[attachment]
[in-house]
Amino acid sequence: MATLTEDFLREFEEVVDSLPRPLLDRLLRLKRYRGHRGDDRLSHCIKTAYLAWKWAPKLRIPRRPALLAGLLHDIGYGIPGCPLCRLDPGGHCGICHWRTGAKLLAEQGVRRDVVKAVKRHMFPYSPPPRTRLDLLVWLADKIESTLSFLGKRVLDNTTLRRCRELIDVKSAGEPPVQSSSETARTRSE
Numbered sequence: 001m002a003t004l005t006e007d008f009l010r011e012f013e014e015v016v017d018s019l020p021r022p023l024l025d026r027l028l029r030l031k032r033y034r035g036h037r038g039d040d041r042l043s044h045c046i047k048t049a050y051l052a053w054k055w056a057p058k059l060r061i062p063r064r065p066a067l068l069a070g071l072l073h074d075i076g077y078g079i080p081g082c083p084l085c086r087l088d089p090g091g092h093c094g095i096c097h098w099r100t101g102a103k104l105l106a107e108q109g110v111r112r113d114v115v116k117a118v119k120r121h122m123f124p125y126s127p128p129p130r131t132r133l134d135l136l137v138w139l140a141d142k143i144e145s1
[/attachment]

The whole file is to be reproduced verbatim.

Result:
[in-house]
Amino acid sequence: MATLTEDFLREFEEVVDSLPRPLLDRLLRLKRYRGHRGDDRLSHCIKTAYLAWKWAPKLRIPRRPALLAGLLHDIGYGIPGCPLCRLDPGGHCGICHWRTGAKLLAEQGVRRDVVKAVKRHMFPYSPPPRTRLDLLVWLADKIESTLSFLGKRVLDNTTLRRCRELIDVKSAGEPPVQSSSETARTRSE
Numbered sequence: 001m002a003t004l005t006e007d008f009l010r011e012f013e014e015v016v017d018s019l020p021r022p023l024l025d026r027l028l029r030l031k032r033y034r035g036h037r038g039d040d041r042l043s044h045c046i047k048t049a050y051l052a053w054k055w056a057p058k059l060r061i062p063r064r065p066a067l068l069a070g071l072l073h074d075i076g077y078g079i080p081g082c083p084l085c086r087l088d089p090g091g092h093c094g095i096c097h098w099r100t101g102a103k104l105l106a107e108q109g110v111r112r113d114v115v116k117a118v119k120r121h122m123f124p125y126s127p128p129p130r131t132r133l134d135l136l137v138w139l140a141d142k143i144e145s1